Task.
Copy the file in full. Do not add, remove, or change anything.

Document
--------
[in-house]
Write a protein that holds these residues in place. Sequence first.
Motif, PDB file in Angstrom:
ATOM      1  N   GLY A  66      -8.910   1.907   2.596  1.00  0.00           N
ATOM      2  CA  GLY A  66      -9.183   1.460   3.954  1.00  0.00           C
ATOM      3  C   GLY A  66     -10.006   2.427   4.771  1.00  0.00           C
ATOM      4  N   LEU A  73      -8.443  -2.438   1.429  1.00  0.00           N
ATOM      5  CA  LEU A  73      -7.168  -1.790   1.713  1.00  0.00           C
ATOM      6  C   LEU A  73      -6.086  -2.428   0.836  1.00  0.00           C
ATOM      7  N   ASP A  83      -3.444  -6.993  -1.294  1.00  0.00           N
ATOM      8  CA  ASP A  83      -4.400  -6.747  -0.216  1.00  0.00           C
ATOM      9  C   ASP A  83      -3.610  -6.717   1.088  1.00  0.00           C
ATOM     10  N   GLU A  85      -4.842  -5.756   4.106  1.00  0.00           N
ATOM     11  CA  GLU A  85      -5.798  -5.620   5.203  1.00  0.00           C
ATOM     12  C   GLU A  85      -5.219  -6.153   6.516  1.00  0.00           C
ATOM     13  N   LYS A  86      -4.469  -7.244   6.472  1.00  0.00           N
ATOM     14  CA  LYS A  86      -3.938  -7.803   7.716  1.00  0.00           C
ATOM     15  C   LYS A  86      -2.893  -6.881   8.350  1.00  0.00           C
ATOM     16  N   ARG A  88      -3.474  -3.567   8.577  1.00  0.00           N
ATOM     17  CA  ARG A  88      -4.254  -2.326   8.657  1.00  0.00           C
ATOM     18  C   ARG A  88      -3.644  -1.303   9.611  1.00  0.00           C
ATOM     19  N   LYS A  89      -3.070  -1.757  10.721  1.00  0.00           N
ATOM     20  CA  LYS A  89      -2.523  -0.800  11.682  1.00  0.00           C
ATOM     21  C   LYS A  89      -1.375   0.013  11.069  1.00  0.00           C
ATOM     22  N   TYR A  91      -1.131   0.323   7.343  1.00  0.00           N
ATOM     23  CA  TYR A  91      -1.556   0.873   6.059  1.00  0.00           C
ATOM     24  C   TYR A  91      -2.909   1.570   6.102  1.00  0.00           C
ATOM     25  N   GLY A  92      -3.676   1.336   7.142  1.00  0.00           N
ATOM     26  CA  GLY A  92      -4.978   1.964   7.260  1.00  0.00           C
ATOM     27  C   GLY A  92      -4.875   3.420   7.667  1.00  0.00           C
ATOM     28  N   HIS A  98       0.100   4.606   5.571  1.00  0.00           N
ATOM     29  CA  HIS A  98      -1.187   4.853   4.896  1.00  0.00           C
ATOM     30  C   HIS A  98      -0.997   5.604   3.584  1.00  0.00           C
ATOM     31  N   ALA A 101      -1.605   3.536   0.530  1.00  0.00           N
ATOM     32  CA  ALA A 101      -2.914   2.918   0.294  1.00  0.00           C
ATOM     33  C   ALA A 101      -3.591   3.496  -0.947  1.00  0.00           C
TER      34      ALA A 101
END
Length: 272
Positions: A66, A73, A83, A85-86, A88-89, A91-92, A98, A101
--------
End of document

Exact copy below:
[in-house]
Write a protein that holds these residues in place. Sequence first.
Motif, PDB file in Angstrom:
ATOM      1  N   GLY A  66      -8.910   1.907   2.596  1.00  0.00           N
ATOM      2  CA  GLY A  66      -9.183   1.460   3.954  1.00  0.00           C
ATOM      3  C   GLY A  66     -10.006   2.427   4.771  1.00  0.00           C
ATOM      4  N   LEU A  73      -8.443  -2.438   1.429  1.00  0.00           N
ATOM      5  CA  LEU A  73      -7.168  -1.790   1.713  1.00  0.00           C
ATOM      6  C   LEU A  73      -6.086  -2.428   0.836  1.00  0.00           C
ATOM      7  N   ASP A  83      -3.444  -6.993  -1.294  1.00  0.00           N
ATOM      8  CA  ASP A  83      -4.400  -6.747  -0.216  1.00  0.00           C
ATOM      9  C   ASP A  83      -3.610  -6.717   1.088  1.00  0.00           C
ATOM     10  N   GLU A  85      -4.842  -5.756   4.106  1.00  0.00           N
ATOM     11  CA  GLU A  85      -5.798  -5.620   5.203  1.00  0.00           C
ATOM     12  C   GLU A  85      -5.219  -6.153   6.516  1.00  0.00           C
ATOM     13  N   LYS A  86      -4.469  -7.244   6.472  1.00  0.00           N
ATOM     14  CA  LYS A  86      -3.938  -7.803   7.716  1.00  0.00           C
ATOM     15  C   LYS A  86      -2.893  -6.881   8.350  1.00  0.00           C
ATOM     16  N   ARG A  88      -3.474  -3.567   8.577  1.00  0.00           N
ATOM     17  CA  ARG A  88      -4.254  -2.326   8.657  1.00  0.00           C
ATOM     18  C   ARG A  88      -3.644  -1.303   9.611  1.00  0.00           C
ATOM     19  N   LYS A  89      -3.070  -1.757  10.721  1.00  0.00           N
ATOM     20  CA  LYS A  89      -2.523  -0.800  11.682  1.00  0.00           C
ATOM     21  C   LYS A  89      -1.375   0.013  11.069  1.00  0.00           C
ATOM     22  N   TYR A  91      -1.131   0.323   7.343  1.00  0.00           N
ATOM     23  CA  TYR A  91      -1.556   0.873   6.059  1.00  0.00           C
ATOM     24  C   TYR A  91      -2.909   1.570   6.102  1.00  0.00           C
ATOM     25  N   GLY A  92      -3.676   1.336   7.142  1.00  0.00           N
ATOM     26  CA  GLY A  92      -4.978   1.964   7.260  1.00  0.00           C
ATOM     27  C   GLY A  92      -4.875   3.420   7.667  1.00  0.00           C
ATOM     28  N   HIS A  98       0.100   4.606   5.571  1.00  0.00           N
ATOM     29  CA  HIS A  98      -1.187   4.853   4.896  1.00  0.00           C
ATOM     30  C   HIS A  98      -0.997   5.604   3.584  1.00  0.00           C
ATOM     31  N   ALA A 101      -1.605   3.536   0.530  1.00  0.00           N
ATOM     32  CA  ALA A 101      -2.914   2.918   0.294  1.00  0.00           C
ATOM     33  C   ALA A 101      -3.591   3.496  -0.947  1.00  0.00           C
TER      34      ALA A 101
END
Length: 272
Positions: A66, A73, A83, A85-86, A88-89, A91-92, A98, A101